Some random videos and screenshots from things I've done for Igalia
either for work and training or for fun. It's mostly a selection of posts I've written
in my blog, in the past and can be found under the
My method to improve the upsampling of the SSAO render target of Iago Toral's Vulkan
I used the values of a downscaled normal buffer to classify the low resolution image pixel neighborhoods in two categories: neighborhoods where
all the pixels are part of the same surface and neighborhoods where there's a surface discontinuity. Then I used linear interpolation to upsample
the surface neighborhoods and a depth aware algorithm to upsample the neighborhoods that contain discontinuities. I used my own downsampling method
to select the most representative pixel of each neighborhood and normals instead of depths to classify the pixels. The algorithm seemed to significally
improve the visual results compared to 3 other depth aware downsampling
algorithms I tried (max depth, min depth, and min/max depth selected one after the other following a checkerboard pattern) that are used with depth-based classification.
An analysis of all the experiments I've done step by step and how I've came up with the idea of the final algorithm as well as
metrics and comparisons can be found in the series of blog posts below. Part 6 is a
complete description of the final method I used.
That was an OpenGL demo I started when I joined Igalia. I've created a
procedural terrain with a number of cows on it, where the user can set the number of polygons, the size, and the number of cows.
I experimented with graphics concepts like environment mapping, image based lighting, morphing, surface subdivision and more and I
used a Poisson distribution based trick to uniformly spread the cows on the terrain).
Posts related to contributions to graphics drivers and APIs as part of my work
for Igalia's graphics team).
OpenGL and Vulkan interoperability on Linux related posts. These are posts related to the implementation of
EXT_external_objects(_fd) extensions that allow OpenGL and Vulkan access to the same resources. As part of my work for
Igalia I've contributed to this extension for iris (patches), radeonsi (some fixes to the already implemented feature),
i965 (review), and I've written a Vulkan framework for piglit and tests to check several extension use cases in different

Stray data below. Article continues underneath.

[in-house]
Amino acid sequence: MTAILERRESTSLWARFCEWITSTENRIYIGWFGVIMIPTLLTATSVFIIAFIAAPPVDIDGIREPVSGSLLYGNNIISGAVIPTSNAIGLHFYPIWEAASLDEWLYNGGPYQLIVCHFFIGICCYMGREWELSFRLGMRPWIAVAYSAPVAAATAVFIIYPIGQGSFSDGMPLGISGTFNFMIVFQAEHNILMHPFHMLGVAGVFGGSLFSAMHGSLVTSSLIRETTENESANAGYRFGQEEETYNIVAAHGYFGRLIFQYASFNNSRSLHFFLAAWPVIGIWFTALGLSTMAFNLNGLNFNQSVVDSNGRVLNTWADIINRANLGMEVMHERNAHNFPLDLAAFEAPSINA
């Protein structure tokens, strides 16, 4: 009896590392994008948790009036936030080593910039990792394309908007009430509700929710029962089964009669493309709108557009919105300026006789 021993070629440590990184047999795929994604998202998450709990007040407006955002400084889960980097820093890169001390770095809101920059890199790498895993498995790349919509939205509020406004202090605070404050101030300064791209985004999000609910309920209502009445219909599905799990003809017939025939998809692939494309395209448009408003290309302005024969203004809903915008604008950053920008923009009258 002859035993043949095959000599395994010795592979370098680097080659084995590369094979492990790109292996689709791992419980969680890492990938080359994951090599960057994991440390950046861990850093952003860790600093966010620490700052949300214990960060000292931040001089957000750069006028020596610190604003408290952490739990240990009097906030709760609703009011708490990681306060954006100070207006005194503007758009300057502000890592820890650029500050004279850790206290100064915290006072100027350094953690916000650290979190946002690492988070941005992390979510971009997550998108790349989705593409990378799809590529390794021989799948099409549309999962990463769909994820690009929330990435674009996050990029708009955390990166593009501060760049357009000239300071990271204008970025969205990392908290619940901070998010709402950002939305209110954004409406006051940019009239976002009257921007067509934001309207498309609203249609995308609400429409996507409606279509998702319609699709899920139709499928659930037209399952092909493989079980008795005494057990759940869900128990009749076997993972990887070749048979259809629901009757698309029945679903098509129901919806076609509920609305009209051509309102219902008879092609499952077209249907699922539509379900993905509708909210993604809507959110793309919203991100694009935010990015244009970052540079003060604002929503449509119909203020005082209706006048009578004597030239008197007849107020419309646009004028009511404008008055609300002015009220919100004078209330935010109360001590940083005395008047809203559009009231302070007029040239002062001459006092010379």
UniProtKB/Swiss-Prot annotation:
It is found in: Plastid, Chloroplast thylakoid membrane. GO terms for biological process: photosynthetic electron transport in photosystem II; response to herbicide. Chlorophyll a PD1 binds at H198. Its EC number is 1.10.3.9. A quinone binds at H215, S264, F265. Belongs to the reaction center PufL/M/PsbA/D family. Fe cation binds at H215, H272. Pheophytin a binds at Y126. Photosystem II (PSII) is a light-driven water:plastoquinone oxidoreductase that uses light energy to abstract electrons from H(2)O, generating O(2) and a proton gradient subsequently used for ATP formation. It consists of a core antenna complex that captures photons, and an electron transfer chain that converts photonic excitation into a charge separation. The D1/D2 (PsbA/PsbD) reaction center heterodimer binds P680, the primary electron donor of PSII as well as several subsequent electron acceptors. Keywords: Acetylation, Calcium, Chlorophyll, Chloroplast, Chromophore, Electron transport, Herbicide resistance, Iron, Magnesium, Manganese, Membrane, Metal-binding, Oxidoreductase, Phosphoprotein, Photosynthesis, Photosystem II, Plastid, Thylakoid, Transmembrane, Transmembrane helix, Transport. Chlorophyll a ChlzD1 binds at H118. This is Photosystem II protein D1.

drivers (intel, amd, freedreno). The posts are mostly about these use cases:
extension allows an application to modify the locations of samples within a pixel used in rasterization.
Additionally, it allows applications to specify different sample locations for each pixel in a group of adjacent
pixels, which can increase antialiasing quality (particularly if a custom resolve shader is used that takes
advantage of these different locations). I've implemented it for the anv Vulkan driver.
an OpenGL shader viewer that can instantly show the changes (hobby project)
This was a project I started to save time to myself when I write shader tests.
When I started adding tests to piglit and vkrunner, I found
a bit frustrating to save the file, compile, then run the test and
check the result for errors. In case of vkrunner, the process was even
slower as I had to generate the SPIR-V and the result was rendered to a PPM
had to be checked with an external viewer.
To speed this process up
I've written a minimal pixel shader viewer that can instantly show the changes
in a shader file when this file is saved. The viewer only supports pixel shaders, but can read both GLSL pixel shaders
formatted shader tests that contain a pixel shader (the parser is quite minimal though but it does the job).
I now use this viewer when I need to write a pixel shader quickly, and as soon as
everything looks fine to me I add it to piglit or vkrunner. In case of vkrunner, I might have to take into
account the differences in the coordinate system sometimes but I still feel that development is faster this
an OpenGL/SPIRV example In Igalia, I've been working on GL and Vulkan extensions (eg VK_EXT_sample_locations, GL_EXT_external_objects, GL_EXT_external_objects_fd).
This post is from when I wanted to start contributing with tests and bug fixes to
the work for the ARB_gl_spirv extension that was written by my
colleagues. I wrote a small GL/SPIRV
example to understand how I should use the extension and
to familiarize myself with the team's work on it.
A hack to display the Vulkan CTS tests output An additional script/configuration I use to debug the Vulkan CTS (Khronos's conformance tests) output
quickly. It can instantly display the test result as if it was running on a window.
Adoption of ANGLE in WebKit on Linux (slides)
This talk was about the experiments I performed to find an optimal way to share texture data between the main WebKit
rendering process (that uses the native Linux OpenGL driver) and WebGL that uses ANGLE without copying them from one render
target to the other. I first tried to use shared EGL/OpenGL context between the main rendering process and the EGL
backend, and then Linux dma buffers. The second method had some advantages, as it could work with multiple processes and
it didn't require changes in the ANGLE backend but only some EGL extensions to be used in the drivers.